OPINIONS Protests across the US reflect systemic racism in the country


Protests across the US reflect systemic racism in the country


06:43, June 02, 2020


Protesters confront police near the White House during a protest over the death of George Floyd in Washington D.C., May 30, 2020. (Photo: Xinhua)

In the past several days, protests over George Floyd's death have taken place in at least 30 cities across the U.S., including Atlanta, Denver, New York and Fontana. Buildings were looted, broken and burned while tear gas, pepper spray, rubber bullets were used by police. Some cities have ordered curfews to try to stop the clashes, but it's unclear whether the demonstrations will cease anytime soon.

It is not the first time that the country has witnessed such riots sparked by ethnic conflicts.

As recently as August 2017, violent clashes between white supremacist groups and  counter-protesters erupted in Charlottesville, Virginia. The coronavirus and presidential elections have both intensified the structural problems caused by racism in the country, making it more vehement and harder to contain.

First of all, the U.S. is a country of immigrants with diverse origins. With waves of ethnic groups moving to the continent, the racial demographics have undergone dynamic change and restructuring, creating avenues for possible racial discrimination.

Second, from a religious and cultural perspective, each ethnic group wishes to retain their own religious beliefs and cultural values. The U.S. has long boasted about the theory of "melting pot" that all immigrants, no matter where they are from, will become wholly American and make distinctive contributions to the national culture. But this is no longer the case. America is geared toward more like a Mosaic or a patchwork of different ethnic groups.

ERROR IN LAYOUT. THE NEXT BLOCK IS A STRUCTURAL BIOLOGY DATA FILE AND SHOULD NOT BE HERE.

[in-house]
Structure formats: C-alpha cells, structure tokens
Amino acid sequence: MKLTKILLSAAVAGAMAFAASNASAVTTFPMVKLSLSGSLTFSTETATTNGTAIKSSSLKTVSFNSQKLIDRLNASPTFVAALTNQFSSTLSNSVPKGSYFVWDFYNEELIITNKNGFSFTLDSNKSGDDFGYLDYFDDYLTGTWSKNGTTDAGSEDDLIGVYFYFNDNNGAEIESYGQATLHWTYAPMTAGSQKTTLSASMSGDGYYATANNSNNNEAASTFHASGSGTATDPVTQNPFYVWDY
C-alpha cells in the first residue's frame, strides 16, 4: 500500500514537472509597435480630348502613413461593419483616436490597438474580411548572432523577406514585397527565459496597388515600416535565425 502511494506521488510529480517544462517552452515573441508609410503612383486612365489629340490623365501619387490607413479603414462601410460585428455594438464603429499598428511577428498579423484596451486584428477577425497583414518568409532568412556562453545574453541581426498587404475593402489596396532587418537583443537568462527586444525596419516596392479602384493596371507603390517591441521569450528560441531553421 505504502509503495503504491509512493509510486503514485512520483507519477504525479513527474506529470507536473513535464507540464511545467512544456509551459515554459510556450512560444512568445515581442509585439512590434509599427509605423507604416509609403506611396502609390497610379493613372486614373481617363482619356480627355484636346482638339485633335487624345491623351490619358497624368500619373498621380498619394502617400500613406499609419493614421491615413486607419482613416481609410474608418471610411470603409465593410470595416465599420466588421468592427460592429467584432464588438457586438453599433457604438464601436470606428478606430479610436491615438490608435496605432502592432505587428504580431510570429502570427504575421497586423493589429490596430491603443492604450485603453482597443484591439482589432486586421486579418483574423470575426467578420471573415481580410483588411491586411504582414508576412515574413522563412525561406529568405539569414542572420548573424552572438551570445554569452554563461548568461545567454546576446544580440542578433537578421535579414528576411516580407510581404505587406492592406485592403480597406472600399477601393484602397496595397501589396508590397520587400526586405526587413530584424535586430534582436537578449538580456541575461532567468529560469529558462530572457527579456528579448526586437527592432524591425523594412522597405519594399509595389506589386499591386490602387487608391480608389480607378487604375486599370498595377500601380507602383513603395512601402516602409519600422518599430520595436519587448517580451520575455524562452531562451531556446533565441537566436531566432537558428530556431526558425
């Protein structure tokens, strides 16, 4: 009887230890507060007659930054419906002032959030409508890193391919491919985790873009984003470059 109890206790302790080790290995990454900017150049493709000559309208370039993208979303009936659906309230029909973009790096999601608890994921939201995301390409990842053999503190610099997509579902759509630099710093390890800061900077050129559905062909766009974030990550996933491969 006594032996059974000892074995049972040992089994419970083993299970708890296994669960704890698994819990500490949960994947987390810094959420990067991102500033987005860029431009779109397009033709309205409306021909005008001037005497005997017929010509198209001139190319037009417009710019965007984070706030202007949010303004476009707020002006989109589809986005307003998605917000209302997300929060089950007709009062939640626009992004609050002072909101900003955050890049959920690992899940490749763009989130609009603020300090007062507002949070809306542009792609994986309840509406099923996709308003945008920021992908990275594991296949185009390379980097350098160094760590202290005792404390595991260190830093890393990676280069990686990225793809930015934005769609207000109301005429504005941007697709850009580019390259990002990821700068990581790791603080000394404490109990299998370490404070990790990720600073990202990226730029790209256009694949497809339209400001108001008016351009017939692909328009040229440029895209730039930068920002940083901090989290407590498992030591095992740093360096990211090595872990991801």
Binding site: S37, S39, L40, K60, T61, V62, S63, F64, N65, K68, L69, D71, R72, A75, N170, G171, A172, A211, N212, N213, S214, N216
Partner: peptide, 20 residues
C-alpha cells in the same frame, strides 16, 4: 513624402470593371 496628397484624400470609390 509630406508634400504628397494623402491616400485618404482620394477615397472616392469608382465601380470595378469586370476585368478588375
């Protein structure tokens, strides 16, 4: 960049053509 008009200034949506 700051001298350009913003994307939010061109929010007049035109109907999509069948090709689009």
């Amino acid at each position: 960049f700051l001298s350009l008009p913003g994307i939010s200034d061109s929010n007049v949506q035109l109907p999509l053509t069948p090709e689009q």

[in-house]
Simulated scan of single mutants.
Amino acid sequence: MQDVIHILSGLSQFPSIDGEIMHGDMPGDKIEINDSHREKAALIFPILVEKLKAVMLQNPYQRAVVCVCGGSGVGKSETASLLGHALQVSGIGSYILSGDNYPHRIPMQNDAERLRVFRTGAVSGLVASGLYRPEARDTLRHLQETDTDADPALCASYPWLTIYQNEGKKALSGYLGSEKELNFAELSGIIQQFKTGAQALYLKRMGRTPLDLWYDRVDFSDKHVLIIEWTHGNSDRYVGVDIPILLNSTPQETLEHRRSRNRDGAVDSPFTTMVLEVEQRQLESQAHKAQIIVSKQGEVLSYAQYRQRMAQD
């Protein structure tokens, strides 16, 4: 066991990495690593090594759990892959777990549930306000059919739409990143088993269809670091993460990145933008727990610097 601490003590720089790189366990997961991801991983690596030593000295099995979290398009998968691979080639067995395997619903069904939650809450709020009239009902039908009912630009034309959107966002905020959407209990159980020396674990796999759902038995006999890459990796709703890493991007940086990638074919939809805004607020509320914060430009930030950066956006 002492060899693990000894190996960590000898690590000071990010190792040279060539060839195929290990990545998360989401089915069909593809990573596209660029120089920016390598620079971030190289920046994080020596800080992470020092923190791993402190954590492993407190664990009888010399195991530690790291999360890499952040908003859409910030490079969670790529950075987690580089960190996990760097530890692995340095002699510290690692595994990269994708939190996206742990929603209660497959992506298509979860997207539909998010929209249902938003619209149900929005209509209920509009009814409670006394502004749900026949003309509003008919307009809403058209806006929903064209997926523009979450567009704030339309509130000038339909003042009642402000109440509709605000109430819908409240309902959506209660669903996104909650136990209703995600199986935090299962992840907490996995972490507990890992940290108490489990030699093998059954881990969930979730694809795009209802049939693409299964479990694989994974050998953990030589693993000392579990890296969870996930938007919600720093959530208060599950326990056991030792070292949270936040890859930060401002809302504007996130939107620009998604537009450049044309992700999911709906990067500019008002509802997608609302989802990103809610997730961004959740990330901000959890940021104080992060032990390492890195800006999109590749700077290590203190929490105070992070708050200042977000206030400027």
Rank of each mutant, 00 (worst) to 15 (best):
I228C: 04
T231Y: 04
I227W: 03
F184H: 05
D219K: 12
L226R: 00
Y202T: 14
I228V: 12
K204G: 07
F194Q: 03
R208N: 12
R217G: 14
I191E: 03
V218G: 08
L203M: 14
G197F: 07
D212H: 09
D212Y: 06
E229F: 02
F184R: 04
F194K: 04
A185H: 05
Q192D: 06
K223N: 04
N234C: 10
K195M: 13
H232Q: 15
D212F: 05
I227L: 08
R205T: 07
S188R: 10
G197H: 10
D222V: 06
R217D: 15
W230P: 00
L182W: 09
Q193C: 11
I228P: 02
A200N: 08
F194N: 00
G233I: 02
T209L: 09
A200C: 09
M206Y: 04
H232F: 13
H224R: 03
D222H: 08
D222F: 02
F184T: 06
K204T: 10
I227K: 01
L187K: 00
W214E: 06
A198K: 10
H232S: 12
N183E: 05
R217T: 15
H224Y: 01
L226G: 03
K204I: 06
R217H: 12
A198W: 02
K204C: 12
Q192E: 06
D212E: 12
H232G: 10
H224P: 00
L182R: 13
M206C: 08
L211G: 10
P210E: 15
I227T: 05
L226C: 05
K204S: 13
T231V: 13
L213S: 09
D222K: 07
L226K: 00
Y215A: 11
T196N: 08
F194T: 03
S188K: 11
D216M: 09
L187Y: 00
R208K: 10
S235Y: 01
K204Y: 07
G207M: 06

Third, the poisonous legacy of slavery in the U.S. has not been eradicated. Slavery has long been abolished, but racist ideas still live in the minds of some Americans. Despite the emergence of an African American president Barack Obama, African Americans still lag behind whites and other ethnic groups in both political and financial opportunities. There is still a long way to go to achieve racial equality in America.

The social structural problems caused by racial discrimination are sometimes not obvious, but under the current COVID-19 crisis, those problems have surfaced in a faster and stronger manner, and the grim consequences make it impossible for the U.S. government to turn a blind eye.

According to the statistics published by U.S. media, African Americans have more potential diseases related to COVID-19, such as heart disease, diabetes, asthma and obesity. However, this is not the essential reason why African Americans are more vulnerable to the virus. The most fundamental reason is that the living conditions of African Americans are relatively backward compared with other ethnic groups.

For instance, decades of racial segregation and discriminatory housing policies have left many African Americans living in more densely populated areas, where it is more difficult to maintain social distancing and where air pollution is more severe, making them more vulnerable to asthma and other illnesses.

Some African Americans also tend to be less educated than other ethnic groups, thus less capable of accessing necessary information in the face of a pandemic, and are less able to rely on their own skills to overcome economic distress.

America's ethnic problems will remain unresolved in the long run. As for long-term demographic trends, the sense of an identity crisis among whites is getting worse. Some studies have shown that the number of white Americans is declining and the group may lose its status as the majority by 2050.

In terms of the economy, some white Americans believe that their jobs are being taken away by other ethnic groups and immigrants. Many whites even interpret Trump's "America First" policy as "White First." In the current election season, Trump's campaign rhetoric and tactics to solicit the support of white hardcore voters will further reinforce their sense of racial superiority.

Under the influence of the pandemic and presidential elections, the structural and systemic racial problems have become more obvious, and the medical resources obtained by different classes and ethnic groups are more uneven. Such ethnic differences, which are directly linked to people's daily lives, will only push the country into a more profound division.

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